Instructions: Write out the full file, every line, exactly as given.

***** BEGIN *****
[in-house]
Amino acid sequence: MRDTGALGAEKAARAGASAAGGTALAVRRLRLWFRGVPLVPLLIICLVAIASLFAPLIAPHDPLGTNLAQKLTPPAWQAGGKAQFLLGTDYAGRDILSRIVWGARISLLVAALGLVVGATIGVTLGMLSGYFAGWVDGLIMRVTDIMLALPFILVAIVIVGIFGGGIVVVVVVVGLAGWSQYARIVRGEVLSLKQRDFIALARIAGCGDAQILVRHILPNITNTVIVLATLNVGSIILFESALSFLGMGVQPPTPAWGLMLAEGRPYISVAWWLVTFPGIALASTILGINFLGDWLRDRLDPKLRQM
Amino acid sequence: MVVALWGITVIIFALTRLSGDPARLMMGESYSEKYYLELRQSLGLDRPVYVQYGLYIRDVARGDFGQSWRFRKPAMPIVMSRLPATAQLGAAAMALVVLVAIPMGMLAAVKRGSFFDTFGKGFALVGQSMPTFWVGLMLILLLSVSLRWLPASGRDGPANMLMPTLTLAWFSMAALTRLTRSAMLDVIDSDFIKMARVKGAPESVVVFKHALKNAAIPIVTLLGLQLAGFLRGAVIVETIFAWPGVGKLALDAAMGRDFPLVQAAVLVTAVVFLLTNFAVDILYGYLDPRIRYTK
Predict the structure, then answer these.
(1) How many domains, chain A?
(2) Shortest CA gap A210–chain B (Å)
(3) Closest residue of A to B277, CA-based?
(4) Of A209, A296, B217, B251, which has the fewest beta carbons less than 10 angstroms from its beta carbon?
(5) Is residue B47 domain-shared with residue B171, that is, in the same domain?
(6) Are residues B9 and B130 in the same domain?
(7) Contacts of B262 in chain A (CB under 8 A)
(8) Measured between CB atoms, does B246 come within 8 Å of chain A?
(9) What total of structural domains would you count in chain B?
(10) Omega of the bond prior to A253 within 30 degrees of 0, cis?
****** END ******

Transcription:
[in-house]
Amino acid sequence: MRDTGALGAEKAARAGASAAGGTALAVRRLRLWFRGVPLVPLLIICLVAIASLFAPLIAPHDPLGTNLAQKLTPPAWQAGGKAQFLLGTDYAGRDILSRIVWGARISLLVAALGLVVGATIGVTLGMLSGYFAGWVDGLIMRVTDIMLALPFILVAIVIVGIFGGGIVVVVVVVGLAGWSQYARIVRGEVLSLKQRDFIALARIAGCGDAQILVRHILPNITNTVIVLATLNVGSIILFESALSFLGMGVQPPTPAWGLMLAEGRPYISVAWWLVTFPGIALASTILGINFLGDWLRDRLDPKLRQM
Amino acid sequence: MVVALWGITVIIFALTRLSGDPARLMMGESYSEKYYLELRQSLGLDRPVYVQYGLYIRDVARGDFGQSWRFRKPAMPIVMSRLPATAQLGAAAMALVVLVAIPMGMLAAVKRGSFFDTFGKGFALVGQSMPTFWVGLMLILLLSVSLRWLPASGRDGPANMLMPTLTLAWFSMAALTRLTRSAMLDVIDSDFIKMARVKGAPESVVVFKHALKNAAIPIVTLLGLQLAGFLRGAVIVETIFAWPGVGKLALDAAMGRDFPLVQAAVLVTAVVFLLTNFAVDILYGYLDPRIRYTK
Predict the structure, then answer these.
(1) How many domains, chain A?
(2) Shortest CA gap A210–chain B (Å)
(3) Closest residue of A to B277, CA-based?
(4) Of A209, A296, B217, B251, which has the fewest beta carbons less than 10 angstroms from its beta carbon?
(5) Is residue B47 domain-shared with residue B171, that is, in the same domain?
(6) Are residues B9 and B130 in the same domain?
(7) Contacts of B262 in chain A (CB under 8 A)
(8) Measured between CB atoms, does B246 come within 8 Å of chain A?
(9) What total of structural domains would you count in chain B?
(10) Omega of the bond prior to A253 within 30 degrees of 0, cis?